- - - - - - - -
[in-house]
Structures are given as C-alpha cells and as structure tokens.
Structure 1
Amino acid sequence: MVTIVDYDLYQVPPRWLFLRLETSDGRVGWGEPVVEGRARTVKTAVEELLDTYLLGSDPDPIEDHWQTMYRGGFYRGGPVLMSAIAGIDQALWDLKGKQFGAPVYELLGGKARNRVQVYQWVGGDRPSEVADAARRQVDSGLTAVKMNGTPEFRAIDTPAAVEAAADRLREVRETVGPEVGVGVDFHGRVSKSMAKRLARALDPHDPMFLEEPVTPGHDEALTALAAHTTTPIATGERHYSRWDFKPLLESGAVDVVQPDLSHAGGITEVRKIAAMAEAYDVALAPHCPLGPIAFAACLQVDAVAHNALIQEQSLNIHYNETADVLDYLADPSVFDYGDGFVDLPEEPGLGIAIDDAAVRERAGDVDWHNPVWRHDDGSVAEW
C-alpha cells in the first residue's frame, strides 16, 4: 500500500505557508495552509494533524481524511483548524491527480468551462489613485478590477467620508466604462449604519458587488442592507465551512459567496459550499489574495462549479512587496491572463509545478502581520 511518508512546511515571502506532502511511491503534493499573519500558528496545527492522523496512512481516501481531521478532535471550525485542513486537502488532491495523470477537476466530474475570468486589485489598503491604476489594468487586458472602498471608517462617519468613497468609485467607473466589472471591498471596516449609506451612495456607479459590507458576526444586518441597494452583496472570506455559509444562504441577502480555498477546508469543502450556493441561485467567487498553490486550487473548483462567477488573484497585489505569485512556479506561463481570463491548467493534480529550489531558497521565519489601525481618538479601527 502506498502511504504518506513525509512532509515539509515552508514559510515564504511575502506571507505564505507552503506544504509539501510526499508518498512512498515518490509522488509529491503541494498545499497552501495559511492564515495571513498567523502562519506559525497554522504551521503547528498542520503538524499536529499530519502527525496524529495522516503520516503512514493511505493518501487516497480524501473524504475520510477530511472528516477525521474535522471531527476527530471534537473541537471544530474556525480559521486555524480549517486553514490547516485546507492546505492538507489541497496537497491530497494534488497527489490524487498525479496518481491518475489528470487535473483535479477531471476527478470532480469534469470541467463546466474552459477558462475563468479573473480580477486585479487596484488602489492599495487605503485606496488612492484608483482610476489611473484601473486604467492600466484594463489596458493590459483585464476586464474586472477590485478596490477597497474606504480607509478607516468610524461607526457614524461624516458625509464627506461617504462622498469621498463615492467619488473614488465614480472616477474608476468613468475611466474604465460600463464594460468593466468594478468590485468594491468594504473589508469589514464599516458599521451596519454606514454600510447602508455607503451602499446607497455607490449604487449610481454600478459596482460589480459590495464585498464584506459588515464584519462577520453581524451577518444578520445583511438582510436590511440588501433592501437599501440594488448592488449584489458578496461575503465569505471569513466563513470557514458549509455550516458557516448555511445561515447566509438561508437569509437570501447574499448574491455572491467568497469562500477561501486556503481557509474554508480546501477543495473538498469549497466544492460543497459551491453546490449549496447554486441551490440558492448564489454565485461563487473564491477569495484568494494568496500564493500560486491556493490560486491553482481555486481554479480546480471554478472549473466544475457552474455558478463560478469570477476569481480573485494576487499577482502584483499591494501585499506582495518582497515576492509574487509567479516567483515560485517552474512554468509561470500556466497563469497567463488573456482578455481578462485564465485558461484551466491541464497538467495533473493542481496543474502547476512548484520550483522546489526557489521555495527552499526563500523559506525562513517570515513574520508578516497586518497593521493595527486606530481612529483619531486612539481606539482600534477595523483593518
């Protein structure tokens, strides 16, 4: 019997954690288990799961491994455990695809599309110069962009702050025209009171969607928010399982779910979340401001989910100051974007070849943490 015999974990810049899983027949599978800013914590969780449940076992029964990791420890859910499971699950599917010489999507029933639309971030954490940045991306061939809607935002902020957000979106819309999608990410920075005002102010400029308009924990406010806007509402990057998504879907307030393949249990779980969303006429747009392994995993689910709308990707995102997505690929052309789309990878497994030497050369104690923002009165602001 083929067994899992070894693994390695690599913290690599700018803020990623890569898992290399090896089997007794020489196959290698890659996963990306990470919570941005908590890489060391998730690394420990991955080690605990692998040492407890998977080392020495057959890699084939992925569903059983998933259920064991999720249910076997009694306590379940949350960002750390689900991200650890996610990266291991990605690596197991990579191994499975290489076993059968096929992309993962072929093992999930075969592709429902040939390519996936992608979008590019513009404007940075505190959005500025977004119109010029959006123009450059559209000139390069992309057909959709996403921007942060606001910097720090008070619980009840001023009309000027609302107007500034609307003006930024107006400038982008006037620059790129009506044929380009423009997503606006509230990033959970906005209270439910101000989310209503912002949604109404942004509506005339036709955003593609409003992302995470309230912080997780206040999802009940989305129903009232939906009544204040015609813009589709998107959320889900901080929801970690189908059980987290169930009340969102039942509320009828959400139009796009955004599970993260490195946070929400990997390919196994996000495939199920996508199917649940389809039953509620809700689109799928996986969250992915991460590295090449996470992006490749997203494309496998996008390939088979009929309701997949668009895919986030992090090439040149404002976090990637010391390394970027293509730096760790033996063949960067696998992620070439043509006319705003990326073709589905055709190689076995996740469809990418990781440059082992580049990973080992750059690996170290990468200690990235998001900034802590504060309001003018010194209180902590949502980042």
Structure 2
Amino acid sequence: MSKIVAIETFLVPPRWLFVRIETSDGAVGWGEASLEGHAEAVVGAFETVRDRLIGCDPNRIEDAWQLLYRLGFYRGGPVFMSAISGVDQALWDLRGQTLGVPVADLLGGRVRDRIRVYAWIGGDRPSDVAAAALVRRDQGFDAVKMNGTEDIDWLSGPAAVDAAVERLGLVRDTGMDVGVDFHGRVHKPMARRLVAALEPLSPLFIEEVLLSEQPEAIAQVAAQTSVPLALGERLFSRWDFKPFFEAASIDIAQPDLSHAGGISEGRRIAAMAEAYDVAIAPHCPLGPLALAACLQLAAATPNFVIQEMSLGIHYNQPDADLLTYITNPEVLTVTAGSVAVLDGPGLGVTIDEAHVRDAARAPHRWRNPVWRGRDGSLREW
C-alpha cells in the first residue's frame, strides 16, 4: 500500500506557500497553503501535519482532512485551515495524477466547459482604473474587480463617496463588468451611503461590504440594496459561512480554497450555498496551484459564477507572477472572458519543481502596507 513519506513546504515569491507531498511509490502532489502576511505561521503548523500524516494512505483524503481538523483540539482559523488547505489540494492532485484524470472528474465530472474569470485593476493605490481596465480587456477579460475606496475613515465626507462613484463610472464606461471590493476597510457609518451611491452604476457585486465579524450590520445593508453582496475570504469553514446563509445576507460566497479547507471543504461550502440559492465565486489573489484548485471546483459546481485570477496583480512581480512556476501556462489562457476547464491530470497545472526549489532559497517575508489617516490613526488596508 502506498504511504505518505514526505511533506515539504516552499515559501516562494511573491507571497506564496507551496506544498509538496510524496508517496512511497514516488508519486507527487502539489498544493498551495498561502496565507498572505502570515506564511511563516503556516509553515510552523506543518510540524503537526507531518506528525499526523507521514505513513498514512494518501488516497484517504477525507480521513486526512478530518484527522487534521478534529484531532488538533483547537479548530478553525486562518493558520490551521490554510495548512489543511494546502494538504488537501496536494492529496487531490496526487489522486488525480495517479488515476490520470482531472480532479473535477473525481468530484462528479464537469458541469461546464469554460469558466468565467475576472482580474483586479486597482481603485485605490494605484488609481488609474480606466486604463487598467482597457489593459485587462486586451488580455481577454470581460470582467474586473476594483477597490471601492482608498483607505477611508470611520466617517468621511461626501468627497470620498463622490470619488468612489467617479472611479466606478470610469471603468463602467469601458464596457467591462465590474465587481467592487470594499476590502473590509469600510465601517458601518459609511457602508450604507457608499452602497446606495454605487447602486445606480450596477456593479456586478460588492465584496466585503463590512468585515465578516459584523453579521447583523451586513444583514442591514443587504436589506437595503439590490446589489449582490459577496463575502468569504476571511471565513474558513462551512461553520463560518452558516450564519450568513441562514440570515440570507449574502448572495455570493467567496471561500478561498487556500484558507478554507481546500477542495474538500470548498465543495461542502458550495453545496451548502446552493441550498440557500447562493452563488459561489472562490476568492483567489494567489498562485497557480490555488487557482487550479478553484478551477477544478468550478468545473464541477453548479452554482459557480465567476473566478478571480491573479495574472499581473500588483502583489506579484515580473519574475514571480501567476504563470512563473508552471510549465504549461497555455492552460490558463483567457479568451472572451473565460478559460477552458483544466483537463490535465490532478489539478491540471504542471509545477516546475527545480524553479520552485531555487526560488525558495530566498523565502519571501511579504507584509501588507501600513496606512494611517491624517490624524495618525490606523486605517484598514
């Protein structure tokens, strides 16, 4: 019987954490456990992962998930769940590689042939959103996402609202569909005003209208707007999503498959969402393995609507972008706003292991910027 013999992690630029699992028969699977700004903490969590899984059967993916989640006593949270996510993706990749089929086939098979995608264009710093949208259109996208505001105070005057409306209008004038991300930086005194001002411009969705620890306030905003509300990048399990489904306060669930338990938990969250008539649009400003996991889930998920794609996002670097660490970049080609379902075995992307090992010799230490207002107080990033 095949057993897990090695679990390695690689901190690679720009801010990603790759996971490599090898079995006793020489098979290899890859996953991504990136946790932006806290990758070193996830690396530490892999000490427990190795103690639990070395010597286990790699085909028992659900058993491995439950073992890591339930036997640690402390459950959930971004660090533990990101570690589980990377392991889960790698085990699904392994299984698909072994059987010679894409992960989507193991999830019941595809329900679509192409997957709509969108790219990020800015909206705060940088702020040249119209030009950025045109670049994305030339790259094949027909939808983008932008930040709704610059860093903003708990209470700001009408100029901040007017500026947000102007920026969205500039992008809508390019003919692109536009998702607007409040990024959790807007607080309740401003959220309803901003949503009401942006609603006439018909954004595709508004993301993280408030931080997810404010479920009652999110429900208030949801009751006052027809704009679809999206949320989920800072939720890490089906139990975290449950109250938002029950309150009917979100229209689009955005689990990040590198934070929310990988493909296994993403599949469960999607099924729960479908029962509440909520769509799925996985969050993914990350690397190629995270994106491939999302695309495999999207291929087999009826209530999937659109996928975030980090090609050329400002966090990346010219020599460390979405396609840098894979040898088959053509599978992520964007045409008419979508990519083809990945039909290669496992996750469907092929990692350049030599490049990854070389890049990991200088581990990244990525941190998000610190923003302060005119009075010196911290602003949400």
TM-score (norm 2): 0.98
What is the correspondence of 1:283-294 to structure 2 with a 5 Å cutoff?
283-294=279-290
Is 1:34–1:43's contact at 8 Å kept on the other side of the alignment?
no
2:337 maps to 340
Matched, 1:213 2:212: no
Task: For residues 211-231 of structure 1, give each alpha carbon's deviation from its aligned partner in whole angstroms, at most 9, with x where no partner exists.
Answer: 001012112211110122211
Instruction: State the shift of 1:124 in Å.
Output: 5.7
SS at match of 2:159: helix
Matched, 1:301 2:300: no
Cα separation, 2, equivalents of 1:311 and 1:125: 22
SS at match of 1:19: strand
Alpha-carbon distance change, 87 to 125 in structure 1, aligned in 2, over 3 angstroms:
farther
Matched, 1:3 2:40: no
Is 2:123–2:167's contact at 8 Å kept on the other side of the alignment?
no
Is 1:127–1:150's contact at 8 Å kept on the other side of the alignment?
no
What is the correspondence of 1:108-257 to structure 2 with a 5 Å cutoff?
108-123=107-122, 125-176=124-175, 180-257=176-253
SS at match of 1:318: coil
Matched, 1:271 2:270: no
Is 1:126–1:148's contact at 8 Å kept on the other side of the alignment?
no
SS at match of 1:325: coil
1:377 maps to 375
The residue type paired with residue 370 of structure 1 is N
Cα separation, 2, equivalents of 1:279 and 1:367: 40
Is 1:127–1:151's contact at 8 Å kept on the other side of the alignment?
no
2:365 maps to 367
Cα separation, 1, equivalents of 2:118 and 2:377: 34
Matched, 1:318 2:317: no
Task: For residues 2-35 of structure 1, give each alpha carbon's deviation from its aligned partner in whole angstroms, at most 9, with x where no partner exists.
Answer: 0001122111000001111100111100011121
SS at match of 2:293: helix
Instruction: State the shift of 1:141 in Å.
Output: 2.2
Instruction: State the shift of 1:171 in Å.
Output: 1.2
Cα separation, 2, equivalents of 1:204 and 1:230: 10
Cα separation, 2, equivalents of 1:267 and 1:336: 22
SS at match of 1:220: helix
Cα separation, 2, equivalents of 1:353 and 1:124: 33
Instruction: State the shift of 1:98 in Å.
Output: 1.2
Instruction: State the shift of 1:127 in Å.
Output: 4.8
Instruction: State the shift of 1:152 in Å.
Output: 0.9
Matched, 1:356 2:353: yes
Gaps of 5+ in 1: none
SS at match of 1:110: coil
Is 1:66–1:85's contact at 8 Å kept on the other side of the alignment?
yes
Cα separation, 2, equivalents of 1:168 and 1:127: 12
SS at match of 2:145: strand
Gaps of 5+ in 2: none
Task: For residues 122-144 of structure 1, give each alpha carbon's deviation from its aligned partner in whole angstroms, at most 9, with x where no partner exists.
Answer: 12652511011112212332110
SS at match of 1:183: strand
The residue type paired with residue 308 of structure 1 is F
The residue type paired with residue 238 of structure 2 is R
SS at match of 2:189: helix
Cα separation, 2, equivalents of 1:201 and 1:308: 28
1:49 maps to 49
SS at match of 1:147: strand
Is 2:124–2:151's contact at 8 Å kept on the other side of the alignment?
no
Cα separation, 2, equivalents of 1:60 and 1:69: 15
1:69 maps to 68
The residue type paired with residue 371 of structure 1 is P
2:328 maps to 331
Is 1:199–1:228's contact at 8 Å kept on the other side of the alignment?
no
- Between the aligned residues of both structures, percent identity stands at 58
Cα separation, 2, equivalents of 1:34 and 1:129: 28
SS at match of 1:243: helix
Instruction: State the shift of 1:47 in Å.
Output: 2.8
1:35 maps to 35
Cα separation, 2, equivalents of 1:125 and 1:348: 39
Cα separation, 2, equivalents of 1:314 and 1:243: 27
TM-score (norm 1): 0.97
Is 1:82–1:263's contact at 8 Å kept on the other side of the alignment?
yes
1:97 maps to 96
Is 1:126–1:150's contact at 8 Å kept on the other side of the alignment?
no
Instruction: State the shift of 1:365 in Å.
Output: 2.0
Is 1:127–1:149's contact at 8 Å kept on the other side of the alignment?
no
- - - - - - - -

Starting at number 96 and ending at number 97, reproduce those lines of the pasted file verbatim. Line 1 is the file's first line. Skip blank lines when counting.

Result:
Cα separation, 2, equivalents of 1:125 and 1:348: 39
Cα separation, 2, equivalents of 1:314 and 1:243: 27